Nov. 27 marked the 40th anniversary of Harvey Milk’s death, California’s first openly gay elected official who served on the San Francisco Board of Supervisors.
In the 40 years since Milk’s death, the LGBTQIA community has flourished and fought for equal rights. However, the community continues to face new problems despite all of their battles.
On Oct. 23, the Health and Human Services Department decided to strip the right of transgender men and women to associate themselves with the gender they choose, according to The Washington Post.
“Such a change seeks to negate claims that gender identity, rather than biological gender, can be used for protection under federal civil rights laws such as Title IX, which bans discrimination based on sex,” said Laura Meckler, Samantha Schmidt and Lena H. Sun in an article of The Washington Post. “If such regulations were adopted, the federal government would consider a transgender person’s sex to be what is determined at birth rather than the gender with which they identify.”
Gr Keer, an associate librarian for California State University, East Bay, has been involved socially and politically in the queer community since they were a teenager in college and now teaches the course Queer Cultures: Knowledge and Literacies, to educate students about the LGBTQIA community.
“If the federal government redefines gender as a narrow, biologically-defined category based on genitalia, it will wreak havoc on the lives of over a million trans people who live in this country,” said Keer.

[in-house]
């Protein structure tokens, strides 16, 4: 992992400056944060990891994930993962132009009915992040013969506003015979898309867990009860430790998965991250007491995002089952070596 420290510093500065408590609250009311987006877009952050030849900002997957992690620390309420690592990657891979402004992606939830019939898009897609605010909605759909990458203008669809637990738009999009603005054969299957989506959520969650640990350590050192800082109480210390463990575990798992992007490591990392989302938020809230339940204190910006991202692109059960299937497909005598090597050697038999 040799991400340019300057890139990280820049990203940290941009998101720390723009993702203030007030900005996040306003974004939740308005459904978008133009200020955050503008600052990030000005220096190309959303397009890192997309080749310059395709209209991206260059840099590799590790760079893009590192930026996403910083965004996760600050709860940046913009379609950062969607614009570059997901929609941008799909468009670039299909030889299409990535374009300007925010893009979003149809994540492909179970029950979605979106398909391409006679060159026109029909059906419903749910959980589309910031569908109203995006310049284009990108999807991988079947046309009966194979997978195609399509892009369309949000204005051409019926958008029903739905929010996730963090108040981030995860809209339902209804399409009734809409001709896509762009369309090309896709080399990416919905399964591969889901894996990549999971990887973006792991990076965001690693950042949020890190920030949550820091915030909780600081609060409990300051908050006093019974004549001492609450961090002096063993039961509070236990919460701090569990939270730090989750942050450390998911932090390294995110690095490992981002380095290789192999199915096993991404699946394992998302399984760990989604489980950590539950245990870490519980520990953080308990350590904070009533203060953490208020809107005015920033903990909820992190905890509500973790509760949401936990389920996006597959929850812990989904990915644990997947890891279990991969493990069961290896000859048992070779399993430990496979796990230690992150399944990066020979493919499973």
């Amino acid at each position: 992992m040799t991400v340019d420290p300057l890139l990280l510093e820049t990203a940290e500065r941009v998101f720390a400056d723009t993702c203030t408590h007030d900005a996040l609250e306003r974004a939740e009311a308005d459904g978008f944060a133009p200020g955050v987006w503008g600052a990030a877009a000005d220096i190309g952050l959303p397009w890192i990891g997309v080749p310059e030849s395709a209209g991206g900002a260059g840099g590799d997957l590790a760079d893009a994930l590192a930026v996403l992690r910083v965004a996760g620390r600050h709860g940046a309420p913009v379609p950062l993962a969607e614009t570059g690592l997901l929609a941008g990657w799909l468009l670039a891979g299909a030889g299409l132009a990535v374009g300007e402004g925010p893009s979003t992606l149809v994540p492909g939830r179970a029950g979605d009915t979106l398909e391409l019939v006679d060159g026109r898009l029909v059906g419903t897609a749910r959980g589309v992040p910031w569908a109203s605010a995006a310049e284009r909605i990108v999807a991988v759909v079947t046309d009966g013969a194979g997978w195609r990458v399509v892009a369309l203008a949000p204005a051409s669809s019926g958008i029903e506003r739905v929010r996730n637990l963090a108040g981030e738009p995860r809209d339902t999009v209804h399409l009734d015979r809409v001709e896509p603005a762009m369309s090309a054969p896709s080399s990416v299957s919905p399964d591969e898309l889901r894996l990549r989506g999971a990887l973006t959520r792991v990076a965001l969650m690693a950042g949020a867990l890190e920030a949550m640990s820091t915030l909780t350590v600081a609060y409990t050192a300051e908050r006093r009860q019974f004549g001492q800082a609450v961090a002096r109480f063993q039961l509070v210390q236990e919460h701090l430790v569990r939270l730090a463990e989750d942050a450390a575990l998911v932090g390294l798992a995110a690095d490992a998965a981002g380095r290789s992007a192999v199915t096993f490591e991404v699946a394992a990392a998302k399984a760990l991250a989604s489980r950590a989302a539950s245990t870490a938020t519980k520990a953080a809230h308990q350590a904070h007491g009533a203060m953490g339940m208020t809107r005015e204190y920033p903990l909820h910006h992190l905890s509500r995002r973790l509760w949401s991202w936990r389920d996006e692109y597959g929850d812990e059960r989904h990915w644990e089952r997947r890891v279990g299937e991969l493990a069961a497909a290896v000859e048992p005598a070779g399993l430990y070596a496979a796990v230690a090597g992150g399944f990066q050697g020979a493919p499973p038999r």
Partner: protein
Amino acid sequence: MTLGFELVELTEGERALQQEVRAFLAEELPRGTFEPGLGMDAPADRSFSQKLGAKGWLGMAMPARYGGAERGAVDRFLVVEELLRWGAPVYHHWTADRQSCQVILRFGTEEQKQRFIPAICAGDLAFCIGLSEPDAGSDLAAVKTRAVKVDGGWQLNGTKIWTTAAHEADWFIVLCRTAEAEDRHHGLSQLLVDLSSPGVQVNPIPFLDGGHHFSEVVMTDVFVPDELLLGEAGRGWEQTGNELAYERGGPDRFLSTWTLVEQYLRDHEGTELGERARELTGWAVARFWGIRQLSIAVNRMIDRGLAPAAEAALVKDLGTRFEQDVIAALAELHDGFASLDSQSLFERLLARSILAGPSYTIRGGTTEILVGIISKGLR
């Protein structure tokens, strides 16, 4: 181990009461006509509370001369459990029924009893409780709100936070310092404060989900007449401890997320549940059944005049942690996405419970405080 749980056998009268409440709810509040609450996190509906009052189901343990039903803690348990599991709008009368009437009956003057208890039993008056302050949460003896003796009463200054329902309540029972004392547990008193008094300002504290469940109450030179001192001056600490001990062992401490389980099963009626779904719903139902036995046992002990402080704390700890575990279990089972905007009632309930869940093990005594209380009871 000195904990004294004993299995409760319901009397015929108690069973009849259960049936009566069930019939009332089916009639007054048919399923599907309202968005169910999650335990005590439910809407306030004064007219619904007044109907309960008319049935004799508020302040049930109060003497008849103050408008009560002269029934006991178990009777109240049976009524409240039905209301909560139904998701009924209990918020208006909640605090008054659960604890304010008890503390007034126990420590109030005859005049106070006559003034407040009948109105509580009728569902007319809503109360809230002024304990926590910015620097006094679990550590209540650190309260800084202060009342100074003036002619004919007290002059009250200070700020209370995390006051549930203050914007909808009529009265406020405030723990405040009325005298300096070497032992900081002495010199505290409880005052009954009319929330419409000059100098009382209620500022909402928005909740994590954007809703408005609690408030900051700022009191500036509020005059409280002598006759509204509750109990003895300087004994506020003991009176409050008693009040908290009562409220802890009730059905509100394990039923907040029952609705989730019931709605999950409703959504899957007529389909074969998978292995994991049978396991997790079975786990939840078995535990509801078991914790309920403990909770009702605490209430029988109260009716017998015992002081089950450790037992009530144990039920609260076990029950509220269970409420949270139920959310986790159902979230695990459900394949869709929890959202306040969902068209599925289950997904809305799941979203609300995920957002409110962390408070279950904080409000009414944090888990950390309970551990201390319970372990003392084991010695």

Jessika Murphy, the coordinator for the Diversity and Inclusion Center at CSUEB, sees the problem as something that reaches further than just a restroom issue.
“Often folks just boil this issue down to bathrooms, when it’s really much larger than that. What this administration is seeking to do is eliminate any and all protections against discrimination towards trans and non-binary folks in public places,” Murphy says. “Public places does not exclusively mean bathrooms, this extends to every aspect of life outside the home.”
Murphy claims that being stripped of the right to select gender pronouns could potentially snowball and lead to the loss of more rights that the LGBTQIA community has fought for.
“It’s possible that we will be unable to get legal documentation that reflects our lived gender, and will instead have mismatched identification documents,” said Murphy. “It will be harder for us to get jobs after we graduate, and our healthcare may be compromised or become inaccessible, to name a few consequences.”
On June 26, 2015, the U.S. Supreme Court legalized same-sex marriage in all 50 states. Additionally, transgender recruits are also now allowed to apply for the military although they are currently being denied by the testing offices.
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